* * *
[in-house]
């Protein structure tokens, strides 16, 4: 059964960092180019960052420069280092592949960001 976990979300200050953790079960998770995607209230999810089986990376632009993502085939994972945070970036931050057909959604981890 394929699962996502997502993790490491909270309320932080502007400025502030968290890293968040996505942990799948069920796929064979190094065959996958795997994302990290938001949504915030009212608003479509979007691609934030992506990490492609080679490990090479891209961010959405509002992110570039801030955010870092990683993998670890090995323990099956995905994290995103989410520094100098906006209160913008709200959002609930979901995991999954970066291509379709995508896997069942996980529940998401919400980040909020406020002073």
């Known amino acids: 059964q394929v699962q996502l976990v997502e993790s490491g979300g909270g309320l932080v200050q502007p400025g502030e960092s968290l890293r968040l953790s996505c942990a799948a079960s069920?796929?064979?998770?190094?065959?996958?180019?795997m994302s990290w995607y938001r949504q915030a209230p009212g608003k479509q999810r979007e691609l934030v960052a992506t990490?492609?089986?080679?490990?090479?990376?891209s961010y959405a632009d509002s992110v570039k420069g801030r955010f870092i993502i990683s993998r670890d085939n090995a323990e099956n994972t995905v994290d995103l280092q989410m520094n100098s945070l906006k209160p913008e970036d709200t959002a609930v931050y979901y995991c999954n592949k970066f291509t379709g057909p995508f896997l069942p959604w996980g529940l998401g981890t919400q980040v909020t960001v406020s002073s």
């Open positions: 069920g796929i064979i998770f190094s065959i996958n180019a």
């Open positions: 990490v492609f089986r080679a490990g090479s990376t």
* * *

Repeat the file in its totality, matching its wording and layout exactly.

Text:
[in-house]
């Protein structure tokens, strides 16, 4: 059964960092180019960052420069280092592949960001 976990979300200050953790079960998770995607209230999810089986990376632009993502085939994972945070970036931050057909959604981890 394929699962996502997502993790490491909270309320932080502007400025502030968290890293968040996505942990799948069920796929064979190094065959996958795997994302990290938001949504915030009212608003479509979007691609934030992506990490492609080679490990090479891209961010959405509002992110570039801030955010870092990683993998670890090995323990099956995905994290995103989410520094100098906006209160913008709200959002609930979901995991999954970066291509379709995508896997069942996980529940998401919400980040909020406020002073």
């Known amino acids: 059964q394929v699962q996502l976990v997502e993790s490491g979300g909270g309320l932080v200050q502007p400025g502030e960092s968290l890293r968040l953790s996505c942990a799948a079960s069920?796929?064979?998770?190094?065959?996958?180019?795997m994302s990290w995607y938001r949504q915030a209230p009212g608003k479509q999810r979007e691609l934030v960052a992506t990490?492609?089986?080679?490990?090479?990376?891209s961010y959405a632009d509002s992110v570039k420069g801030r955010f870092i993502i990683s993998r670890d085939n090995a323990e099956n994972t995905v994290d995103l280092q989410m520094n100098s945070l906006k209160p913008e970036d709200t959002a609930v931050y979901y995991c999954n592949k970066f291509t379709g057909p995508f896997l069942p959604w996980g529940l998401g981890t919400q980040v909020t960001v406020s002073s």
């Open positions: 069920g796929i064979i998770f190094s065959i996958n180019a």
């Open positions: 990490v492609f089986r080679a490990g090479s990376t």